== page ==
There is a lot more to providing nail services than the cost of the chemicals we use. Surroundings, education, service and experience to mention but a few. All of these added factors will affect the price we charge.

If we all want to lower our standards to those of the NSS, (which would include not giving a client consultation, not caring about the health of the natural nail, abusing the natural nail, not speaking to the client, working in unsanitary conditions, etc) then we can start to compete on price, but the people on this site anyway are far more conscientious than that.

Just because the house next door may look like a slum doesn't mean ones own house has to!
 

The Geek

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While the EU didn’t want beauty therapists over here 'prescribing' BPO containing treatments for clients (prescriptions should only be done by a Dr.), in the US millions of teenagers clean their face daily with products that contain BPO (and have done for over 20 years). The concentration of BPO in these products tends to be around 4-5 times higher than the BPO content found in powder... couple that with the fact that it is being used daily... and you end up with exposure that is 20 times more than with nail products.... then to top it off with... these guys are putting it straight on their face!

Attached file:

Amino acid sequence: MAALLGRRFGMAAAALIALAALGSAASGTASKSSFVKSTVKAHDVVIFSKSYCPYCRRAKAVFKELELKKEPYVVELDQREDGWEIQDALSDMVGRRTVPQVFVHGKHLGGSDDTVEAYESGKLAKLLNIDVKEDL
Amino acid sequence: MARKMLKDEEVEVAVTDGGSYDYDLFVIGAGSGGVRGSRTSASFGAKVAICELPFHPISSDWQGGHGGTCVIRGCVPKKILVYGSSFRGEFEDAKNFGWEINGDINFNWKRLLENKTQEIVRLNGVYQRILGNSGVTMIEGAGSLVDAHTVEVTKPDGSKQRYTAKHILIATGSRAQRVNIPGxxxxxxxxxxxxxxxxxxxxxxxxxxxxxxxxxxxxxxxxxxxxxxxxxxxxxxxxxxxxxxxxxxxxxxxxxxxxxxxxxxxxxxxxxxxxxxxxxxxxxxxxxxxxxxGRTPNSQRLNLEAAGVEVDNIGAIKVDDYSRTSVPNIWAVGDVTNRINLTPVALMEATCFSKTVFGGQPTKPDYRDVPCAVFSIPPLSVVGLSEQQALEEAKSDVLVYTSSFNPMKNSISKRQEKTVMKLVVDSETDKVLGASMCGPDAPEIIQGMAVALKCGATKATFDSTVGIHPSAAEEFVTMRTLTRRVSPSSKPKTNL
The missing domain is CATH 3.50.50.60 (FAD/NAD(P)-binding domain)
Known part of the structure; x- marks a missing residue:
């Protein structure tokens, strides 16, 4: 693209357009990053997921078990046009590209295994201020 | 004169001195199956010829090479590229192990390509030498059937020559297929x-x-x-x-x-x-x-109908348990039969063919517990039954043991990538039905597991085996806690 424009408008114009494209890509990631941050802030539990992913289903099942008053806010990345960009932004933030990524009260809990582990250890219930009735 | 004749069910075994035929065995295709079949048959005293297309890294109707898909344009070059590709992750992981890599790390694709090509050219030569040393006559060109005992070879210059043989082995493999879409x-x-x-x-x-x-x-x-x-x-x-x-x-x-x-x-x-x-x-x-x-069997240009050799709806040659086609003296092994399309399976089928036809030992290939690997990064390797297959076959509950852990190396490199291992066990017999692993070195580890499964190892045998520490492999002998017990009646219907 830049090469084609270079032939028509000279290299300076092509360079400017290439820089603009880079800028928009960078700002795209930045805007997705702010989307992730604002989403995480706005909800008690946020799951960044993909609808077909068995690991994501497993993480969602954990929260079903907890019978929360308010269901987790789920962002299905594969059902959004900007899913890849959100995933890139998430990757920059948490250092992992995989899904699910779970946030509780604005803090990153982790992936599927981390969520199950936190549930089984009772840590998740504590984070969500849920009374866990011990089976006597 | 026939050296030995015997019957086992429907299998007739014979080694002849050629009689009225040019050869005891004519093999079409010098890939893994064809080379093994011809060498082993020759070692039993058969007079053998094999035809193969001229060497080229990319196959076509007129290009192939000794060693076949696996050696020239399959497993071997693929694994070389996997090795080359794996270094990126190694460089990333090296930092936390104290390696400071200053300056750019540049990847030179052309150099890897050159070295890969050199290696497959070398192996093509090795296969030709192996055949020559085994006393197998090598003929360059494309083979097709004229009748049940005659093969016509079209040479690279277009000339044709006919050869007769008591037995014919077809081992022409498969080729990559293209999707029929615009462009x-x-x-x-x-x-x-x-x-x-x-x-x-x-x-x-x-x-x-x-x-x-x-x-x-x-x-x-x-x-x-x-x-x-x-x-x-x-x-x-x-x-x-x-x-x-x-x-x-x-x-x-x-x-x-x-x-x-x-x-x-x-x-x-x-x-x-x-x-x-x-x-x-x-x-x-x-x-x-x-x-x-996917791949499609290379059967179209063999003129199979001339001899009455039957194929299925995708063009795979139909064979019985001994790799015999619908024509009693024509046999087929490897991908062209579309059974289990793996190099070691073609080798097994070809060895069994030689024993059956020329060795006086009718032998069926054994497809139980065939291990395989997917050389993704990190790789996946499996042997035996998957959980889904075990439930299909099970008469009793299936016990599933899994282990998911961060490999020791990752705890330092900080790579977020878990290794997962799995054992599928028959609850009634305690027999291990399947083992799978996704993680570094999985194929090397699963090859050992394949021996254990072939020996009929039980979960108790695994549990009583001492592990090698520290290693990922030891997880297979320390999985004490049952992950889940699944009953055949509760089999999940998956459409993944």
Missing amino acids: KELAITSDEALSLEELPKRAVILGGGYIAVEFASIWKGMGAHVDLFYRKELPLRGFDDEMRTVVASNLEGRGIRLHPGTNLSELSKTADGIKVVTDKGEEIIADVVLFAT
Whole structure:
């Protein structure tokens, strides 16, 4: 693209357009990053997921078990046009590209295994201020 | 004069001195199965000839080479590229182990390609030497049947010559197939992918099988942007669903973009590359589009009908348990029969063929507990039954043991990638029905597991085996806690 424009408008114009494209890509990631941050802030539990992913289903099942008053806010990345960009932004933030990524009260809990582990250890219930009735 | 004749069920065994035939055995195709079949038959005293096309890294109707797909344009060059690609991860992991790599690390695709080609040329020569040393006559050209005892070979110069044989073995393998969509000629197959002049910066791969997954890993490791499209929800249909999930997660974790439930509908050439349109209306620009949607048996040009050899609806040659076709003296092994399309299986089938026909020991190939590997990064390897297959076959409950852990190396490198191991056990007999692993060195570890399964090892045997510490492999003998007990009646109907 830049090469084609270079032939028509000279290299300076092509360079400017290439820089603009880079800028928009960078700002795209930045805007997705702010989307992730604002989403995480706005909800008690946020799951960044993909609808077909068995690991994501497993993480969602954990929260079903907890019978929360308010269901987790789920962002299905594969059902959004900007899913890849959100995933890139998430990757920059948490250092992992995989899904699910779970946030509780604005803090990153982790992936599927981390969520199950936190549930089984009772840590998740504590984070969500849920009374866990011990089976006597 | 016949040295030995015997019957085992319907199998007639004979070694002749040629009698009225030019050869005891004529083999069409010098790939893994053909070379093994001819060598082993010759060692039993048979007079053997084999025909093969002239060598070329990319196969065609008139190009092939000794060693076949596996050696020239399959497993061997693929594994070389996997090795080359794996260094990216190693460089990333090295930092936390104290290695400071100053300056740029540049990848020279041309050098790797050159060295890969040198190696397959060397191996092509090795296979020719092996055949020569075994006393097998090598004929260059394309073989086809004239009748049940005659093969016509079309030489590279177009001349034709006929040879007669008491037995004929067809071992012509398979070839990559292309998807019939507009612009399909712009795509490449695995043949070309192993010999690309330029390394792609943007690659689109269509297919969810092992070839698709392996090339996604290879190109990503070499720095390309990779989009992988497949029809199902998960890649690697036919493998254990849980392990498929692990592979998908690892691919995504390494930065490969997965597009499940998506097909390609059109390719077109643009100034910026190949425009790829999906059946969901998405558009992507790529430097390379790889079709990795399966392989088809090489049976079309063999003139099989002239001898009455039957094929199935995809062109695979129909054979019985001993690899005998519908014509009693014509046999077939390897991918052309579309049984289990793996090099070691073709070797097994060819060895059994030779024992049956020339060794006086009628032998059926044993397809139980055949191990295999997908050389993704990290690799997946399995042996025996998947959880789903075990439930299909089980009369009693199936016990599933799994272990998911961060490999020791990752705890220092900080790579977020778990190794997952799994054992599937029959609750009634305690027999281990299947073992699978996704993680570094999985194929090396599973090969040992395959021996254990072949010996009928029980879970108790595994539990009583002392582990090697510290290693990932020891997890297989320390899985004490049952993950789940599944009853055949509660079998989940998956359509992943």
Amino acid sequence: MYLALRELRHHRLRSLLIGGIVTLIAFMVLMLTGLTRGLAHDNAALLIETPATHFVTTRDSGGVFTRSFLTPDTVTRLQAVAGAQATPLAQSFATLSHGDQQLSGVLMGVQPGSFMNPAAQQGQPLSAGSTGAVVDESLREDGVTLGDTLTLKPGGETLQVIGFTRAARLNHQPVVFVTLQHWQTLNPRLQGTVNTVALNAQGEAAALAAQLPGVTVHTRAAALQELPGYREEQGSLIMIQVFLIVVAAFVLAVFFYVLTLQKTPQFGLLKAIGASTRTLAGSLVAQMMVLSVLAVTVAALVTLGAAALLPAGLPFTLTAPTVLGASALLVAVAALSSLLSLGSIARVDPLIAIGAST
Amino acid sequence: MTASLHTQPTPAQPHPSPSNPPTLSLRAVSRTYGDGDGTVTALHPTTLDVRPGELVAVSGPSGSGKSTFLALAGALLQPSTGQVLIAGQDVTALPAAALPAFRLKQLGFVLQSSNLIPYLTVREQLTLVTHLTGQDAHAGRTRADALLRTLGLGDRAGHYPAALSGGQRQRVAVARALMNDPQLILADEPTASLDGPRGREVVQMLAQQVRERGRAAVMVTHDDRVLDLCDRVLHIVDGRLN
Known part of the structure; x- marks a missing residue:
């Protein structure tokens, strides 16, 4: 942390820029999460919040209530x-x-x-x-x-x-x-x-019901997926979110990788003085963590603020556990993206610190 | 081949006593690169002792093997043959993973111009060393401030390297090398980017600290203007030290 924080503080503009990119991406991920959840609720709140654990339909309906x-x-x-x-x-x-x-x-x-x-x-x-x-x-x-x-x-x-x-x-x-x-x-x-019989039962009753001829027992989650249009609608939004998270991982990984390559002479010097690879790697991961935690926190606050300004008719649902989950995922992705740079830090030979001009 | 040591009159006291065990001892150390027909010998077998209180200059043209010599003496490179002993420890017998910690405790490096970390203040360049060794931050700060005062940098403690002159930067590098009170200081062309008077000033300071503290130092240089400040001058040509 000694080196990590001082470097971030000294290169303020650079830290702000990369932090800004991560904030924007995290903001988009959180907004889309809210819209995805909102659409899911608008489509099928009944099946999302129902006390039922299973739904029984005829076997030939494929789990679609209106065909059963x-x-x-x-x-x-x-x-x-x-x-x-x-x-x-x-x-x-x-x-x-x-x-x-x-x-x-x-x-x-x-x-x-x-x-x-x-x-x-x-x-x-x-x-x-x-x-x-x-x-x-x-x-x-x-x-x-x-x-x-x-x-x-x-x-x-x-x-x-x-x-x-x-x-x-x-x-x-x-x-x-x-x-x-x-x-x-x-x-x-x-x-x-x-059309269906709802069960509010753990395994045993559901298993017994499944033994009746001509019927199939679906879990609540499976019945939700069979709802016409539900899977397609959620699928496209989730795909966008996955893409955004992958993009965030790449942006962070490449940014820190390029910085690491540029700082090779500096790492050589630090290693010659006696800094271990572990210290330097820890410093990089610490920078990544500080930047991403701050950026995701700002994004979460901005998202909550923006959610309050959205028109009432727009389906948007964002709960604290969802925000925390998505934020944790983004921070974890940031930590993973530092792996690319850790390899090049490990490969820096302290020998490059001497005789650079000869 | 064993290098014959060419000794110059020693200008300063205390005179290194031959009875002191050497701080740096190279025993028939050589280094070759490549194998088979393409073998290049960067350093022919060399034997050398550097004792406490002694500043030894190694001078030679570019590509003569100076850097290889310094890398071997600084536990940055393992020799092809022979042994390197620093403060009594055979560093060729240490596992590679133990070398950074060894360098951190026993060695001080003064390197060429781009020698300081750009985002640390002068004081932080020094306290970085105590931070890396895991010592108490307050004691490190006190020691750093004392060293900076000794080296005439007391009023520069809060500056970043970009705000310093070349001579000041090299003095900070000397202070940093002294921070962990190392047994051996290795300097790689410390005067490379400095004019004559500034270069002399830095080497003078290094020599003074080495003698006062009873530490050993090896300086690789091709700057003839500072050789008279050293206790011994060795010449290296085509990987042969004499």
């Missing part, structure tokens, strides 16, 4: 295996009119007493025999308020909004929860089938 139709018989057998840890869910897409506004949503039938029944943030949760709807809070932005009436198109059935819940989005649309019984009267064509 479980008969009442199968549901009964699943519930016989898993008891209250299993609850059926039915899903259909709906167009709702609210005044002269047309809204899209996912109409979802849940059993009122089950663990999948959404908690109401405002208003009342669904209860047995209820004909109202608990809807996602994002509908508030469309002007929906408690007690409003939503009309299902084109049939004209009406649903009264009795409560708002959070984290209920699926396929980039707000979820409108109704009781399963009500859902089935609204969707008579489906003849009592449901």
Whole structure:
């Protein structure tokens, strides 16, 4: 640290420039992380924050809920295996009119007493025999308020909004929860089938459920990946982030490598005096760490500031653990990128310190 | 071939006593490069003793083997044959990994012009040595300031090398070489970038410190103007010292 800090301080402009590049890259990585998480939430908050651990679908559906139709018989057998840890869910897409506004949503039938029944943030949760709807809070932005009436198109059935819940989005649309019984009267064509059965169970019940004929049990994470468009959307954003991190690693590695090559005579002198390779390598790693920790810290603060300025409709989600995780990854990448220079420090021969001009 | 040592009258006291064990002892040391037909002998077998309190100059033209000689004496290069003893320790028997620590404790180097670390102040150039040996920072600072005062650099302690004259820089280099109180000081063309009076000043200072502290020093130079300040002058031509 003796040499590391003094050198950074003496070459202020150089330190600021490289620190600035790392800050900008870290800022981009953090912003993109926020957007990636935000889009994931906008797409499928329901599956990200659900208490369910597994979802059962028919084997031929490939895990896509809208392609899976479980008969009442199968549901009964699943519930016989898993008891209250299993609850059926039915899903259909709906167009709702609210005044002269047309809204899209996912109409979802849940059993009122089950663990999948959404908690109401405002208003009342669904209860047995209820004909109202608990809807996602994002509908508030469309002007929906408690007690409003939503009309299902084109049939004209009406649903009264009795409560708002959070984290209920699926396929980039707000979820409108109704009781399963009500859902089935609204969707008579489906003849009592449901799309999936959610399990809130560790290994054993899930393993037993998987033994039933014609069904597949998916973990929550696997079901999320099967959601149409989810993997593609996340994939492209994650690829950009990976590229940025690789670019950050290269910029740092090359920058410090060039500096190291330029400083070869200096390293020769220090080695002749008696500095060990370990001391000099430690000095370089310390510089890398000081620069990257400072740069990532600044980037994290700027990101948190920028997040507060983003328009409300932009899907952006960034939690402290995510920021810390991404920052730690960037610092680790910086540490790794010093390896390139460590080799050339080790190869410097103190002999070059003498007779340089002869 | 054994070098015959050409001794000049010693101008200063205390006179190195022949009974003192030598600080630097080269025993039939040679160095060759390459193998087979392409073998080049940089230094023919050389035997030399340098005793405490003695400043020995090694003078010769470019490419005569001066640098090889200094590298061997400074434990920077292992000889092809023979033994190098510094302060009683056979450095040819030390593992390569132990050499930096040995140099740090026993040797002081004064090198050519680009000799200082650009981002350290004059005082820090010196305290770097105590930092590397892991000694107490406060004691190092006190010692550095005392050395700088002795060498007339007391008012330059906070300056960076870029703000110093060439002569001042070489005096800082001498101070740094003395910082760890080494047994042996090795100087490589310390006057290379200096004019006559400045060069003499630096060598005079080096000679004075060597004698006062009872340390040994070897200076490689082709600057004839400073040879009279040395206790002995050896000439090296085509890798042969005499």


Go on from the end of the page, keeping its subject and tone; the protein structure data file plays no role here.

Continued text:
Anyhooo... The EU were unaware that BPO was used as a catalyst in powders when they made the ban. This is why they are reversing it... it was an oversight and never a safety issue.
Some European nail distributors that did not sell L&P systems tried to use fear mongering tactics to dissuade people from buying systems because of this.

also.....

The price per application of MMA versus your high end EMA liquid is around the 10-40 pence mark. Why bother?

I am now going to split this thread away from the watchdog thread as it is wayyyyy off topic now ;)
 

Pimlico Bat

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Your right, I've just spoken to the EEC and BPO, HQ and BHQ were removed from the banned list on October 2nd, just 5 days ago. We are all, especially me, grateful to Doug Schoon and the committee for all their work on this issue.